44:34
You know, well let me say your first question was, is anything missing? Um, as I look back and as I've continued to look at the doctrine and covenants and continuing revelation in the life of the church although this concept is in the enduring principles, I would probably advocate that, uh, it be specifically identified. And that's the concept of, of wholeness. That is, uh, the aim of the gospel in our lives is to bring about wholeness and wholeness involves a physical, mental, spiritual, and relational, uh, wellness. And often Jesus talked about wholeness. And as we look at the continuing revelation related to the purposes of the Temple, it talks about a wholeness as a desirable end towards which to strive as we seek to live out the message of Jesus Christ. Uh, so I would probably, in retrospect, I have at least, uh, brought up the topic of wholeness as something that's very foundational to the way we view the gospel.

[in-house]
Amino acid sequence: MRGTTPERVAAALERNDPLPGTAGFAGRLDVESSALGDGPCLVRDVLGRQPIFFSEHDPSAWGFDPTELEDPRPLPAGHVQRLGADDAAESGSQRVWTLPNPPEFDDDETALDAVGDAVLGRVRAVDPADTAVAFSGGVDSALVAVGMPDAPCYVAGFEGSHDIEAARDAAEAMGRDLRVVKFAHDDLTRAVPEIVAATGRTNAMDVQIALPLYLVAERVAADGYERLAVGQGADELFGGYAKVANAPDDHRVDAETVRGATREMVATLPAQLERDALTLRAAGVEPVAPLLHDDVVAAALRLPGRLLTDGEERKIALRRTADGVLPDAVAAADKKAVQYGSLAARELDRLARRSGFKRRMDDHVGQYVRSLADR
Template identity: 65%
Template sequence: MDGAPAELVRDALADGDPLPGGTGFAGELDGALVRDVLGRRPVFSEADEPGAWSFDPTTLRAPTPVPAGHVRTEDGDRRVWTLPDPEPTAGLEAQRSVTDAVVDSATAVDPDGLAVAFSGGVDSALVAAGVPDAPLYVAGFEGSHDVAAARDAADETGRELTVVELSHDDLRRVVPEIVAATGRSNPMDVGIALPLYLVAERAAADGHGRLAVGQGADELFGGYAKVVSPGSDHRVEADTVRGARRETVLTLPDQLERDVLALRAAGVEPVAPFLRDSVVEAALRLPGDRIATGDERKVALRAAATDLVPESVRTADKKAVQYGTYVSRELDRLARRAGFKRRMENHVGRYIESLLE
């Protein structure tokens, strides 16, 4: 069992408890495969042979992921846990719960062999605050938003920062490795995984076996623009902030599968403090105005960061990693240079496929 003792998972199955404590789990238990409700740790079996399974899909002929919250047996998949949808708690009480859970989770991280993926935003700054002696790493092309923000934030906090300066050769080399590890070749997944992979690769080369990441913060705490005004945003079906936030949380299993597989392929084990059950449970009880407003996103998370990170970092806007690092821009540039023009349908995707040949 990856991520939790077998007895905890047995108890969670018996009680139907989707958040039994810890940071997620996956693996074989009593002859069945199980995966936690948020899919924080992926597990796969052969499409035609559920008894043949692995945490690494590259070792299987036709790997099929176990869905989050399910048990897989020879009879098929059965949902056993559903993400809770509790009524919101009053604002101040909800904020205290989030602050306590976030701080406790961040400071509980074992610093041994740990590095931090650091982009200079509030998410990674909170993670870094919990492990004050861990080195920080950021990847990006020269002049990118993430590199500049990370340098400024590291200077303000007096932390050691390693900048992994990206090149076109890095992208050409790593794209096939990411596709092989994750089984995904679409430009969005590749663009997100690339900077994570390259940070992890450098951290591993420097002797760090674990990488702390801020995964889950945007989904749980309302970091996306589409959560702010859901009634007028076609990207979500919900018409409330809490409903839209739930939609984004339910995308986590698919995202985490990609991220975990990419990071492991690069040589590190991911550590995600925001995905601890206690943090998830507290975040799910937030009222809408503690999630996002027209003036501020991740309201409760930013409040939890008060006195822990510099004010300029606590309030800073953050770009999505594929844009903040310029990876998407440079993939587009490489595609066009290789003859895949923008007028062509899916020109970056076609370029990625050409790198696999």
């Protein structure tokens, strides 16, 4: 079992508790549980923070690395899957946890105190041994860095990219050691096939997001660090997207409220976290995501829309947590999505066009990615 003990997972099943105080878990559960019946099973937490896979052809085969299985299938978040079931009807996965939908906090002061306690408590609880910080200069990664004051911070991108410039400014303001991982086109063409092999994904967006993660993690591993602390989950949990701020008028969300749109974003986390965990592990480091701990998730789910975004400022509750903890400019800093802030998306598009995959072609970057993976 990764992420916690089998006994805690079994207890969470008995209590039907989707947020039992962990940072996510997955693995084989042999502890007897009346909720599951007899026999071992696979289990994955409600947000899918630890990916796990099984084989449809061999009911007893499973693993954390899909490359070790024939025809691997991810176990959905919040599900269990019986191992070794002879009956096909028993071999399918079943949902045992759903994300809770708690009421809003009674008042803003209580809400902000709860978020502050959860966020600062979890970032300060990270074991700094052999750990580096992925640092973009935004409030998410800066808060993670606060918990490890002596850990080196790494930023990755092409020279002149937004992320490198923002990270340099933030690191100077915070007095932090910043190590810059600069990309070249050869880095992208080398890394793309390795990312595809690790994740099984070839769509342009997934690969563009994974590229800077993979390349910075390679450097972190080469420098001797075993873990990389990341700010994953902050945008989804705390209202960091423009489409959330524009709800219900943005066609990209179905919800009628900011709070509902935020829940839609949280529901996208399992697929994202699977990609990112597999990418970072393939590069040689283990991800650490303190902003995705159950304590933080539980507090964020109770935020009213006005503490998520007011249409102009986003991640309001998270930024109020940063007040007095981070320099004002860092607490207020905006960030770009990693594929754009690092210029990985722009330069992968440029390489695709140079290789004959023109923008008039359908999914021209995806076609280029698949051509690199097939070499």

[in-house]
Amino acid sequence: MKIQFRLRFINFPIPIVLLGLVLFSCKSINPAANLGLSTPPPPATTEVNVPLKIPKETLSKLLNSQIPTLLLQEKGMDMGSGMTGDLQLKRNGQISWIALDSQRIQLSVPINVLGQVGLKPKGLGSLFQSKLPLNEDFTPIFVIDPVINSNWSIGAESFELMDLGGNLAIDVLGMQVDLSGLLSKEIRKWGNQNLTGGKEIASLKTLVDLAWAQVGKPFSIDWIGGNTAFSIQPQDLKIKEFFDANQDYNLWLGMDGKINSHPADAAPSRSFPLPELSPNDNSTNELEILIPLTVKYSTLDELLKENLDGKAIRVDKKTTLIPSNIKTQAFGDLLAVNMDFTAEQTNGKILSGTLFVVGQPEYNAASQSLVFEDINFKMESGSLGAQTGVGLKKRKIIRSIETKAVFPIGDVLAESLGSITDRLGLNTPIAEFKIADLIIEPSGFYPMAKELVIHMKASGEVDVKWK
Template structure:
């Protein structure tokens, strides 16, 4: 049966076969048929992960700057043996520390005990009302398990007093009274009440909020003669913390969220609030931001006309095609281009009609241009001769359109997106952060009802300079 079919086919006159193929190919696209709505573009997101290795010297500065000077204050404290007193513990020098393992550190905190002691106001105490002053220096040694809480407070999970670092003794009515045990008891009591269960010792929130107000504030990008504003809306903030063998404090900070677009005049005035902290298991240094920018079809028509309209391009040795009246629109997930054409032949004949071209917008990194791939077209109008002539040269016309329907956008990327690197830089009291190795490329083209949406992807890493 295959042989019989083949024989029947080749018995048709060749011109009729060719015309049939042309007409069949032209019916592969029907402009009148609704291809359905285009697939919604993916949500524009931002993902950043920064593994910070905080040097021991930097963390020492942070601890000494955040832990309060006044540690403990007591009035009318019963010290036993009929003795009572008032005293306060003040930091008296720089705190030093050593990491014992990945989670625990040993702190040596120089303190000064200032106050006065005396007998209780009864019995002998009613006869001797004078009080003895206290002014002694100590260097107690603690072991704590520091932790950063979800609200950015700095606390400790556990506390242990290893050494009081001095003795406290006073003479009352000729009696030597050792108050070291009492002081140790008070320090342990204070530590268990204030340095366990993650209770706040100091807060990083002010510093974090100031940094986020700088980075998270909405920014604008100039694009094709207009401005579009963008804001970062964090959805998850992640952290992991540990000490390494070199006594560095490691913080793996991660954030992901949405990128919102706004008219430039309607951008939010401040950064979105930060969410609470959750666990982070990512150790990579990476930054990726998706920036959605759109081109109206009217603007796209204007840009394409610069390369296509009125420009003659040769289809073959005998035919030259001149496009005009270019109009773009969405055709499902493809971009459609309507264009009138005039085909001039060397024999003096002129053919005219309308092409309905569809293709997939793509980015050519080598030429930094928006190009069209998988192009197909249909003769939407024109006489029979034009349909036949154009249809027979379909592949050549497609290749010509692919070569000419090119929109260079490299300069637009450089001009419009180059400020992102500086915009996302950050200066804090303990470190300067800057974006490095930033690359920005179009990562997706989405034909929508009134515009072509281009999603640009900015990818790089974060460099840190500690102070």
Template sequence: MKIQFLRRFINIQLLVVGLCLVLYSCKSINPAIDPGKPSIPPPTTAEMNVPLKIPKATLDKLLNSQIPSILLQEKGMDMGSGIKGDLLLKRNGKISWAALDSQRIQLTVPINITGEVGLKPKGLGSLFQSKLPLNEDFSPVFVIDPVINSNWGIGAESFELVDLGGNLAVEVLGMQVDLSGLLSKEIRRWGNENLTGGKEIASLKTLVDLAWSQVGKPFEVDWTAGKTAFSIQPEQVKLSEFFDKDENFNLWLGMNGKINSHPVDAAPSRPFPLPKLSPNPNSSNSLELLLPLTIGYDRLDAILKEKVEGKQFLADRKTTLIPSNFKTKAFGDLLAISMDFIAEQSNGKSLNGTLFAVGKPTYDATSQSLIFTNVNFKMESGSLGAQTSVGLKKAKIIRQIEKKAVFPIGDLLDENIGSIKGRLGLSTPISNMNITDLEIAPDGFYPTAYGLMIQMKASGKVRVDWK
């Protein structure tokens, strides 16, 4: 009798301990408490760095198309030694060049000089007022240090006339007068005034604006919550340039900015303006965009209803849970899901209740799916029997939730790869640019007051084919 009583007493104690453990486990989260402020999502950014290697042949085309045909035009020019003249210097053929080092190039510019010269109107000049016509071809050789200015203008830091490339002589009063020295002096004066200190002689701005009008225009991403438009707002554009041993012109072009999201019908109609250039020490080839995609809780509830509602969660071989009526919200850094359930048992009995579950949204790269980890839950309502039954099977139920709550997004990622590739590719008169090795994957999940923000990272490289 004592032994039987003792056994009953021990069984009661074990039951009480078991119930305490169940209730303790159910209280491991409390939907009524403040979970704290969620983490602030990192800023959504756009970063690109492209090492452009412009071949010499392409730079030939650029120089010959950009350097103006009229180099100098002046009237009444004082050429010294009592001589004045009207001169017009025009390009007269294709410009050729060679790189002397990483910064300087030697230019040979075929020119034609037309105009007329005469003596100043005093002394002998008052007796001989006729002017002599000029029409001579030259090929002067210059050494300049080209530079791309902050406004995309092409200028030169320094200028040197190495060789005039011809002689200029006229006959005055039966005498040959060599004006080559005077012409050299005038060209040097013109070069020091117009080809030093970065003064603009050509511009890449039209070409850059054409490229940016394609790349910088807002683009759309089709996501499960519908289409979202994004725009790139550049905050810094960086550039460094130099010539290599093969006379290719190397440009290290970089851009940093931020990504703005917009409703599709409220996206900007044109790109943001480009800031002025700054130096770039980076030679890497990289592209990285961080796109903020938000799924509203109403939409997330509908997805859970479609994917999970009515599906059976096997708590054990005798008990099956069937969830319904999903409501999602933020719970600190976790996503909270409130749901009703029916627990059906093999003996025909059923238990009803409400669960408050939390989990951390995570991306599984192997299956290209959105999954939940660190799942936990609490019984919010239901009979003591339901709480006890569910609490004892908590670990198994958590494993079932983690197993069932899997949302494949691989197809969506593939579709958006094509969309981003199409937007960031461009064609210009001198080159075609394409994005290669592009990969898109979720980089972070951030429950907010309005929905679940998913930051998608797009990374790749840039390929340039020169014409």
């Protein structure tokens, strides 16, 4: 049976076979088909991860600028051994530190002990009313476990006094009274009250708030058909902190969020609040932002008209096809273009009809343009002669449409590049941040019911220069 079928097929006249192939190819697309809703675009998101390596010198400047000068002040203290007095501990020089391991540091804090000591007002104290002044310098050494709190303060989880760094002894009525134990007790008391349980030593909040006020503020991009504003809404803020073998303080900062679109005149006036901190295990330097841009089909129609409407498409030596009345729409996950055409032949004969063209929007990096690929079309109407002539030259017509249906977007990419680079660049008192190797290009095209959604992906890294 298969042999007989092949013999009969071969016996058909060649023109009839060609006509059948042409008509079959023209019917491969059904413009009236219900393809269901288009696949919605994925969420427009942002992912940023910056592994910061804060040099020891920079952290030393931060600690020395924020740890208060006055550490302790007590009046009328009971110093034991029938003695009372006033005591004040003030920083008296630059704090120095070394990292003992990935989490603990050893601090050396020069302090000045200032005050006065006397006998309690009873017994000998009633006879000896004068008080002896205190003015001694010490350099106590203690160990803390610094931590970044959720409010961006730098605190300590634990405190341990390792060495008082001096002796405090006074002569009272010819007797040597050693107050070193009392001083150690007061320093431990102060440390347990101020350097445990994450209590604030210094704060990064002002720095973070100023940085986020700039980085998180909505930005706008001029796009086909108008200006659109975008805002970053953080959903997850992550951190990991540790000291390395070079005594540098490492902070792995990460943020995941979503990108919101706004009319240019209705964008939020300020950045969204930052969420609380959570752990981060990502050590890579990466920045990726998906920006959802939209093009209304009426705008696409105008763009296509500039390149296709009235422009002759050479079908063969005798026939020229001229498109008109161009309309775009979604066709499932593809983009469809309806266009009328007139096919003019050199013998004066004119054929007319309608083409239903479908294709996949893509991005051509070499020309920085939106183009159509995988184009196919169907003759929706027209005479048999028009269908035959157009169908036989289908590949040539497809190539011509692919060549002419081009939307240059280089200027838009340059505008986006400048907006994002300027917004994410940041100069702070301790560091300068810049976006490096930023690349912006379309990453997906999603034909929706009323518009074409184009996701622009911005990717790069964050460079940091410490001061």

Steve Veazey :
46:06
And, and even the concept of salvation which is not just about the afterlife, but it includes the peace and wellness of the Shalom of people and groups in this world. And so I would have lifted that one up. I do believe it's present, uh, in the sacredness of creation, the worth of persons, the blessings of community responsible choices. It's, it's through out there, but I might have identified it so that we would have the opportunity to discuss it more. Your second question my experience in the church is that it's an ongoing journey. So I wouldn't be surprised that in the future, uh, some group of representatives, delegates, leaders want to, uh, and choose to go back and refined some of the phrases. There perhaps will be some new terminology that will better express what we're talking about as we as a church move forward in our experience with, with God in the midst of creation.
Steve Veazey :
47:29